In yet another sign that Washington has not hit bottom in the pandemic recession, new claims for unemployment insurance are surging again.
For the week ending July 11, workers in Washington filed 40,466 new, or “initial,” claims for unemployment insurance — a 42.5% jump from the prior week — reported the state Employment Security Department (ESD) Thursday.
While that’s less than a quarter of the weekly claims the state was seeing at the peak of pandemic-related layoffs in late March, it’s a marked change after six weeks when jobless claims either fell or rose only modestly.
Washington’s surge shows that “we did not see the V-shaped recovery that many were theorizing,” said Anneliese Vance-Sherman, ESD’s regional labor economist for the Seattle area, in an email.
Nationally, initial weekly claims fell roughly 0.8%, to 1.3 million, the U.S. Labor Department reported Thursday.
As government restrictions and consumer anxieties continue to limit economic activity, Vance-Sherman said, “many businesses and workers that thought they could wait out the storm are facing a harsh reality.”
Among the sectors feeling that reality most sharply: accommodation and food services, which in Washington saw a 47% increase from the previous week, to 4,534 initial claims; retail, up 36% to 3,023 ; and manufacturing, up 13% to 2,952.
Economist James McCafferty, a director at the Center for Economic and Business Research at Western Washington University, thinks the surge in new claims also reflects the fact that the seasonal hiring that normally would be under way in some sectors hasn’t happened this year.
Another factor behind the surge, McCafferty speculates, is rising business anxieties over recent COVID-19 trends, including “the rising case counts, recent news on schools and public policy locally and nationally becom[ing] more restrictive again.”
As another sign of a sputtering recovery, Vance-Sherman says, is that not all of the initial claims are new, but instead represent prior or older claims by out-of-work individuals who “returned to jobs that tentatively revived, only to return to the unemployment-insurance system again.” That pattern shows how, in this fragile recovery, “many workers are marginally attached to the labor market, and are in a precarious situation.”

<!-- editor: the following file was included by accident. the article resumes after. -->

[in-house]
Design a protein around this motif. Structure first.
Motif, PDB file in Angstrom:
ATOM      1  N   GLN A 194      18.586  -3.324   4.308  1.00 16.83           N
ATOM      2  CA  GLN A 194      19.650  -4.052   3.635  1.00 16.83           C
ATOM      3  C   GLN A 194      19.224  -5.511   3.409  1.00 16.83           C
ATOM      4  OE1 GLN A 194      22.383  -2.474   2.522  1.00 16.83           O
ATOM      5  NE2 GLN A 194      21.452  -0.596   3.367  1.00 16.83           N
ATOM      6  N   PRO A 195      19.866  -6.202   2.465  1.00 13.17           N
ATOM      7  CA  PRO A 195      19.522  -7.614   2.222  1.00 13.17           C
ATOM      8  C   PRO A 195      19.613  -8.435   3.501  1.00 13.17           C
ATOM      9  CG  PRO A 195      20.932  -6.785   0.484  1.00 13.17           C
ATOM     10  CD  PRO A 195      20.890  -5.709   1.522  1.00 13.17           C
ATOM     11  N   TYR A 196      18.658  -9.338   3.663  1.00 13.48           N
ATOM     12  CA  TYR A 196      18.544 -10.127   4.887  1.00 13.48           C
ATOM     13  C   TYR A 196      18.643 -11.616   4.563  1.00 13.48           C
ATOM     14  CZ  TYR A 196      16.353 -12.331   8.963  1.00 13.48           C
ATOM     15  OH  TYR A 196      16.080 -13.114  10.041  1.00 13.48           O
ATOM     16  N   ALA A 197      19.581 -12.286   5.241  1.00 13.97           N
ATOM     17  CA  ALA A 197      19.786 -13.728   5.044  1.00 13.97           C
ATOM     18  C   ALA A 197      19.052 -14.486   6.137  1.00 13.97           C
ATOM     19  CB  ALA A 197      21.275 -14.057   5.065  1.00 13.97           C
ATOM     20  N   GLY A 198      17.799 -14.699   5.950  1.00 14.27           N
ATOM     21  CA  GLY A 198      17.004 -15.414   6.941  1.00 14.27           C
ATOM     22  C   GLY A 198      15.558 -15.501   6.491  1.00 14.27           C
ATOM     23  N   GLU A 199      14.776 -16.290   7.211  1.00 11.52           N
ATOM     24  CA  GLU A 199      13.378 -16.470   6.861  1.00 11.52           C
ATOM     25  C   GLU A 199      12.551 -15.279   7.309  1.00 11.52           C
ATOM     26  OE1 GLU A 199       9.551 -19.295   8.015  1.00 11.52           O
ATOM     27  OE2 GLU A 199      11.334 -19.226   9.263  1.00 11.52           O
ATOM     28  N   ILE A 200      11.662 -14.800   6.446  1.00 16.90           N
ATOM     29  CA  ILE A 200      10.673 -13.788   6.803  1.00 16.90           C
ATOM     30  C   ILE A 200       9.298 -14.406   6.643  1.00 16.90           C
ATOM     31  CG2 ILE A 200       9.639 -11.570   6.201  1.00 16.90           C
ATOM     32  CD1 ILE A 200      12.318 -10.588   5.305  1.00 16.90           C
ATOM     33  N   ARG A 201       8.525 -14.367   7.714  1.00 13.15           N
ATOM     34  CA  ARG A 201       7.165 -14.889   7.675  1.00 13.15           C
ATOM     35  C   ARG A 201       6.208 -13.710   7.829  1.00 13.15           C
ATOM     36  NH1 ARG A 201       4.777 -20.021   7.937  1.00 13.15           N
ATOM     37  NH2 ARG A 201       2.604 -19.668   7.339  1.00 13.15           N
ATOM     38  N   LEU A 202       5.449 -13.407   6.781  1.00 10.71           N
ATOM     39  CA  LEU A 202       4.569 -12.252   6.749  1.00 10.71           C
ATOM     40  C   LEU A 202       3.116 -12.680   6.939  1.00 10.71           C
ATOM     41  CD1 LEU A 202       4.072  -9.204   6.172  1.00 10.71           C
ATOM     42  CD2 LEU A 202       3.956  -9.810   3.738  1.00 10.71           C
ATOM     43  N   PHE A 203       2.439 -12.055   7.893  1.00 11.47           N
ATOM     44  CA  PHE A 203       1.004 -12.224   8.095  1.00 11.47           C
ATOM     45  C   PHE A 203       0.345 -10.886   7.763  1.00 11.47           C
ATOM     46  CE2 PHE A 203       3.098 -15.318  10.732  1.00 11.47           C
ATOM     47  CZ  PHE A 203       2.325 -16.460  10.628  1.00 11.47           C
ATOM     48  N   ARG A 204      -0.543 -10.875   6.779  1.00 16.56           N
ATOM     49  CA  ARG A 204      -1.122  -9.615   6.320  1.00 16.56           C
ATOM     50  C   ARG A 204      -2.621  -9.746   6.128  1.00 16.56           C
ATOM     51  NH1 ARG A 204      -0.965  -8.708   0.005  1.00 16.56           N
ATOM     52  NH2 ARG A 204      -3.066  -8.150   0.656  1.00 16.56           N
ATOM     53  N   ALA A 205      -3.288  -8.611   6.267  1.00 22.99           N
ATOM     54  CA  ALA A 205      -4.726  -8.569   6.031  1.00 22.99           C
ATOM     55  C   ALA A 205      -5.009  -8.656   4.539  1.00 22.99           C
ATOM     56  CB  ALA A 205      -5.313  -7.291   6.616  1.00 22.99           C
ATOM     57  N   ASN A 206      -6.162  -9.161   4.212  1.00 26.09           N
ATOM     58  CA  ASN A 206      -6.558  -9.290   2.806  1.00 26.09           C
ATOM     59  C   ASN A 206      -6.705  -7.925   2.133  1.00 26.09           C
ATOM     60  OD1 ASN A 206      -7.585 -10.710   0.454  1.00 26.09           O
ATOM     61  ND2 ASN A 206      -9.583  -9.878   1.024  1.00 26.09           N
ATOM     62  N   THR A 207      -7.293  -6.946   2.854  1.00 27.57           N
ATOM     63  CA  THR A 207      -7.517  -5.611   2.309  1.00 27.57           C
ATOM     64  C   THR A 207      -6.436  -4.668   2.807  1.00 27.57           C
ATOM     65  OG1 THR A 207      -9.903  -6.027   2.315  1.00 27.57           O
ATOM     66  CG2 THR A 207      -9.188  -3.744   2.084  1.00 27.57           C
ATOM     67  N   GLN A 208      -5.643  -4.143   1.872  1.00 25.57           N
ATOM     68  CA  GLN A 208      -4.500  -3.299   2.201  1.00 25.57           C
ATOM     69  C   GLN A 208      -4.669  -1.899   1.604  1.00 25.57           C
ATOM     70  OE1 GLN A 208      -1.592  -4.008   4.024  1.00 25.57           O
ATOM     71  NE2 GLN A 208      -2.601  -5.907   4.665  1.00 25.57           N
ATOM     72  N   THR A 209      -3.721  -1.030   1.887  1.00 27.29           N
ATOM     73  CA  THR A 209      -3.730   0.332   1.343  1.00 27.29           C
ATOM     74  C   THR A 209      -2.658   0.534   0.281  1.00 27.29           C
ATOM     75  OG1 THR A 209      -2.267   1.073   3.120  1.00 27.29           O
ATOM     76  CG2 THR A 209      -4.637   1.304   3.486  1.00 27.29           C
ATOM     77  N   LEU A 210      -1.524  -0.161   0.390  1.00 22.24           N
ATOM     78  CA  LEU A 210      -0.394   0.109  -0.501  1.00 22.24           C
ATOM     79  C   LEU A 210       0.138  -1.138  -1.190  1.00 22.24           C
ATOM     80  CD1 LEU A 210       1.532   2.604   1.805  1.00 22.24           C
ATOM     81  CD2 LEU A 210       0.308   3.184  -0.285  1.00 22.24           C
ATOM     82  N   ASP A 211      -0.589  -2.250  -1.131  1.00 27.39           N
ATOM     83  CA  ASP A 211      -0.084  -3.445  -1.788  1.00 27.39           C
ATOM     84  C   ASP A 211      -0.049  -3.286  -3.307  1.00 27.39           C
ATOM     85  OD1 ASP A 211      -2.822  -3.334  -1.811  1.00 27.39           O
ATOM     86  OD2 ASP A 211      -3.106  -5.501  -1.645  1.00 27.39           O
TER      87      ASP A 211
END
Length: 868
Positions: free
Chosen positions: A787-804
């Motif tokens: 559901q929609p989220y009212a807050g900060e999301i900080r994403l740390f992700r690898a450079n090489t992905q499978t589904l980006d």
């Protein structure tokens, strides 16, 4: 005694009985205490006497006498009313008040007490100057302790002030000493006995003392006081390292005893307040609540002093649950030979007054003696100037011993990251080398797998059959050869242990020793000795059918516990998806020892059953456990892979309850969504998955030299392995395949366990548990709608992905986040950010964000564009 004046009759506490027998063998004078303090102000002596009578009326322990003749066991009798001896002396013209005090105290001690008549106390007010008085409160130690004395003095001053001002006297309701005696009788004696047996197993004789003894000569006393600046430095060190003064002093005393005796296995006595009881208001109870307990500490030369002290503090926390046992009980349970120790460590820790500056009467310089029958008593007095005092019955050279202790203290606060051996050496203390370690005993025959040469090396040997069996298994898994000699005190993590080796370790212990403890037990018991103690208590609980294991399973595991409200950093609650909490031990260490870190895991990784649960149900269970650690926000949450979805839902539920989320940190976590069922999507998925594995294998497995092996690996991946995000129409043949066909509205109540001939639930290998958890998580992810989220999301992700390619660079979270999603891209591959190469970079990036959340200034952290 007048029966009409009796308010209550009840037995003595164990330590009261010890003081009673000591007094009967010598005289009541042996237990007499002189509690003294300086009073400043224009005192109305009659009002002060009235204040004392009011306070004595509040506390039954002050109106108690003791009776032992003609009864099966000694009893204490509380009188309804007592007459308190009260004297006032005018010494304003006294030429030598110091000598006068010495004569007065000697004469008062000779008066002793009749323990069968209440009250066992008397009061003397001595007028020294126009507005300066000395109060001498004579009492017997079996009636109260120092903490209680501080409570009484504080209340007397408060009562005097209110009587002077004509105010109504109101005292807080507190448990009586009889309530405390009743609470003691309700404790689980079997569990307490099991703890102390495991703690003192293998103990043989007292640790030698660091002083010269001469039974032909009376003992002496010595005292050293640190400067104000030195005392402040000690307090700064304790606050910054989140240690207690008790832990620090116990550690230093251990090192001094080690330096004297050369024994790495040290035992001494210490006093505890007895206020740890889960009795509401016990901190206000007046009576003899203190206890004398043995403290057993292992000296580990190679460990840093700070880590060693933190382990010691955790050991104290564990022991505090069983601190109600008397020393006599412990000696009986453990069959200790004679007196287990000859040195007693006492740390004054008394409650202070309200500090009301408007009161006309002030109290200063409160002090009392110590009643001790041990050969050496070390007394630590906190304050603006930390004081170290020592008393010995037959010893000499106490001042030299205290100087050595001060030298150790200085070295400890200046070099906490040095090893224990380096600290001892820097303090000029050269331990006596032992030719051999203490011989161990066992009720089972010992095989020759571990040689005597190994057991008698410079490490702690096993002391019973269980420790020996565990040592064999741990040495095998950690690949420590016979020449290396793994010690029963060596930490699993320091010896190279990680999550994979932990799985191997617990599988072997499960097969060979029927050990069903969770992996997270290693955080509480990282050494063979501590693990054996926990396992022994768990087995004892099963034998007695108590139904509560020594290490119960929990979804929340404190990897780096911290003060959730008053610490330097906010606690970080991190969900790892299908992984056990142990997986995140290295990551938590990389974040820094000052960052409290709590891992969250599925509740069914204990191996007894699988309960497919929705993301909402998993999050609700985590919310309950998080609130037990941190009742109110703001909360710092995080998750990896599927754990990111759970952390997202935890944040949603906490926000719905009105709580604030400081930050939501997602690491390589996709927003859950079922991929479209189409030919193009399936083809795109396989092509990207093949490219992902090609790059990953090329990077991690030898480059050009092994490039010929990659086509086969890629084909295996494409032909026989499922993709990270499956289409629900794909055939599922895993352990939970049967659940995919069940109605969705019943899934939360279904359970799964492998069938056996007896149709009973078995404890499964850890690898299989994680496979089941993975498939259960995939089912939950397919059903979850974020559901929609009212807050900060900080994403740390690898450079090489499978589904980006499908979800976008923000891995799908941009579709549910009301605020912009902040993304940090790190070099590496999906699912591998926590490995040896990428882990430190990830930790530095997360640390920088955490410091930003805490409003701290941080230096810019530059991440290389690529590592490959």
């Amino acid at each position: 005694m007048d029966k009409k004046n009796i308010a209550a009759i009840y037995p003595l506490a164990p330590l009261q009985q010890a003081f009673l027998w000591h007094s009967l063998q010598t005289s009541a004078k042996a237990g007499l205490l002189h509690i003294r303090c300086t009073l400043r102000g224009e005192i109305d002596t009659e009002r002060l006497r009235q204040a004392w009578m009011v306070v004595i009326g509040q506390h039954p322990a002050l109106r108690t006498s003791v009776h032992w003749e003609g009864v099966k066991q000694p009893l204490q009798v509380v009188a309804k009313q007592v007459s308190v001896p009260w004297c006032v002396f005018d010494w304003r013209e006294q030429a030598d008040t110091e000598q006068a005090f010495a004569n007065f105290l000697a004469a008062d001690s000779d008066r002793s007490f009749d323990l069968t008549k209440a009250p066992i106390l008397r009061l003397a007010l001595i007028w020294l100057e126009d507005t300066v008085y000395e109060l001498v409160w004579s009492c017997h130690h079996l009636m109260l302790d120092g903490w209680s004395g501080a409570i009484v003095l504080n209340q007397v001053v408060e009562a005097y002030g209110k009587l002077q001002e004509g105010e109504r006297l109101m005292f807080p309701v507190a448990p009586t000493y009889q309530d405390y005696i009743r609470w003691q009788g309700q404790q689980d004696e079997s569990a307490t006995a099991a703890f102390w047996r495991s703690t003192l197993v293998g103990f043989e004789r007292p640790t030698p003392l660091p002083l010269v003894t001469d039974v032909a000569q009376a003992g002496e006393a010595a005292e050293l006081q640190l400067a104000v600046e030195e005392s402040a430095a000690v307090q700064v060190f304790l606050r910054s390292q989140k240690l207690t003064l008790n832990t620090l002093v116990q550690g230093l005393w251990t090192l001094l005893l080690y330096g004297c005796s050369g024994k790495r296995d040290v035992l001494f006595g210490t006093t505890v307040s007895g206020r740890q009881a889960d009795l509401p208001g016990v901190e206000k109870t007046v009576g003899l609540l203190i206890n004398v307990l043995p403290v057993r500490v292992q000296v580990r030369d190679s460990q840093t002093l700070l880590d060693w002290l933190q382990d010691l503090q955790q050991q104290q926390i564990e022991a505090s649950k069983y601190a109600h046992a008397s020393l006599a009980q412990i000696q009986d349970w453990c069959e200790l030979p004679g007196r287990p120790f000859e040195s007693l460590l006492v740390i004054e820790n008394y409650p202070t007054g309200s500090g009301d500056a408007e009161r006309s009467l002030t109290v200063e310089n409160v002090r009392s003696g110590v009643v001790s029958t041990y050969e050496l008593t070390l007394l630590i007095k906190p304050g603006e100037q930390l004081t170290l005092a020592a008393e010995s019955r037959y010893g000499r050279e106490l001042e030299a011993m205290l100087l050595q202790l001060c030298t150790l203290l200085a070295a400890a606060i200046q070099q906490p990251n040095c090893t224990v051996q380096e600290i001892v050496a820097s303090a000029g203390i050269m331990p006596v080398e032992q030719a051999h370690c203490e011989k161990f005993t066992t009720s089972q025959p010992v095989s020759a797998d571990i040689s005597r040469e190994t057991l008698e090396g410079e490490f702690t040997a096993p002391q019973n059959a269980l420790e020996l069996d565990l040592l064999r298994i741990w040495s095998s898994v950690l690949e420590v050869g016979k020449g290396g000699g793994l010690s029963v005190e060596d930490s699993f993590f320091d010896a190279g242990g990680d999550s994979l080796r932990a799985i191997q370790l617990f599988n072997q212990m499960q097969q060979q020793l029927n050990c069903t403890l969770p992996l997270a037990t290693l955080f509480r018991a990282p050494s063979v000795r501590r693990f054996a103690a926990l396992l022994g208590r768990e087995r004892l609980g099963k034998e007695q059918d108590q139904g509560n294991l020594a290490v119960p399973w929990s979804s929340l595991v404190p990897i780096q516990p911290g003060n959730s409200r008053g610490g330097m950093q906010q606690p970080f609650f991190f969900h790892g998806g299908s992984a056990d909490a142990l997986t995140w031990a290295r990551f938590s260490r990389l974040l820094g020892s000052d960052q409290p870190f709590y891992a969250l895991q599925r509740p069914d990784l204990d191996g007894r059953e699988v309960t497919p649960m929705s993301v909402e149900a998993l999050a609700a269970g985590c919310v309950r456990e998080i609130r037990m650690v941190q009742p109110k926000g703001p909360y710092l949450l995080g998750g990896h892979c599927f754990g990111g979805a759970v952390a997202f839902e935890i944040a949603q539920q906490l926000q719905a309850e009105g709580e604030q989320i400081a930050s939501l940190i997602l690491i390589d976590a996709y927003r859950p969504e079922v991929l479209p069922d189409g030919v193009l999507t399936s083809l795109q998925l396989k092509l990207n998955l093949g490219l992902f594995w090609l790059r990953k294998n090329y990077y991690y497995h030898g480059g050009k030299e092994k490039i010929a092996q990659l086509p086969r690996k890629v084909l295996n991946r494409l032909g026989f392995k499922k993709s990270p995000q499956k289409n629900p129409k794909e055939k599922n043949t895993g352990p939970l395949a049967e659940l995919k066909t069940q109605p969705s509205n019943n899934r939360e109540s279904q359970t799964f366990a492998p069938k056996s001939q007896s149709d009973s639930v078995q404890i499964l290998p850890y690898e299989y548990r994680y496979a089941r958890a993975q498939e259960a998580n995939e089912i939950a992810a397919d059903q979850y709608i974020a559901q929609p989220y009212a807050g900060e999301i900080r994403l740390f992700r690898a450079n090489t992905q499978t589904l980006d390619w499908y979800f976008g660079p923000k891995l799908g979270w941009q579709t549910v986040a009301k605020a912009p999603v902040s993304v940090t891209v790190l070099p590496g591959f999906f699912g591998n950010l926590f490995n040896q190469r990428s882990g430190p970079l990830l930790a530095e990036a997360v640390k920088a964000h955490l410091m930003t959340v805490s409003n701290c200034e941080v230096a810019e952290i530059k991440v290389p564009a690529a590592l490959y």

That precarious state comes as Washingtonians contemplate the end of the $600 weekly federal pandemic assistance payment, which will expire after the week ending July 25 unless Congress extends it.
Many economists say the payments, which have supplemented state unemployment programs since March, have blunted the worst of effects of one of the sharpest economic downturns in U.S. history.
Since March, federal pandemic unemployment assistance has put nearly $4.5 billion into the Washington state economy, according to report by The Century Foundation, a New York-based think tank.
Losing that assistance would cost the state nearly $334 million a week, the foundation said. The result would be to “pull the rug out from under families struggling to endure this once-in-a-lifetime economic catastrophe and would threaten the national economy’s potential recovery,” says Andrew Stettner, a senior fellow at The Century Foundation.
The ESD put out Thursday’s jobless numbers in a news release, rather than holding a news conference, which the agency is now doing only every other week.
But one labor advocacy group used the report as an occasion to criticize the ESD for being slow to pay benefits to tens of thousands of workers in Washington, whose claims have been held up for weeks and even months.
During a livestream by Seattle-based Working Washington, a series of workers described waiting weeks and even months for claims to be processed and being unable to contact the agency.
Also speaking was U.S. Rep. Pramila Jayapal, a Seattle Democrat, who has proposed that the federal government should simply pay employers not to lay off workers in the first place.
“We never should have allowed people to get unemployed in the first place,” Jayapal said Thursday. “We should have subsidized those paychecks. Now, we’re in a situation where we in Congress are fighting to even get the unemployment benefits extended.”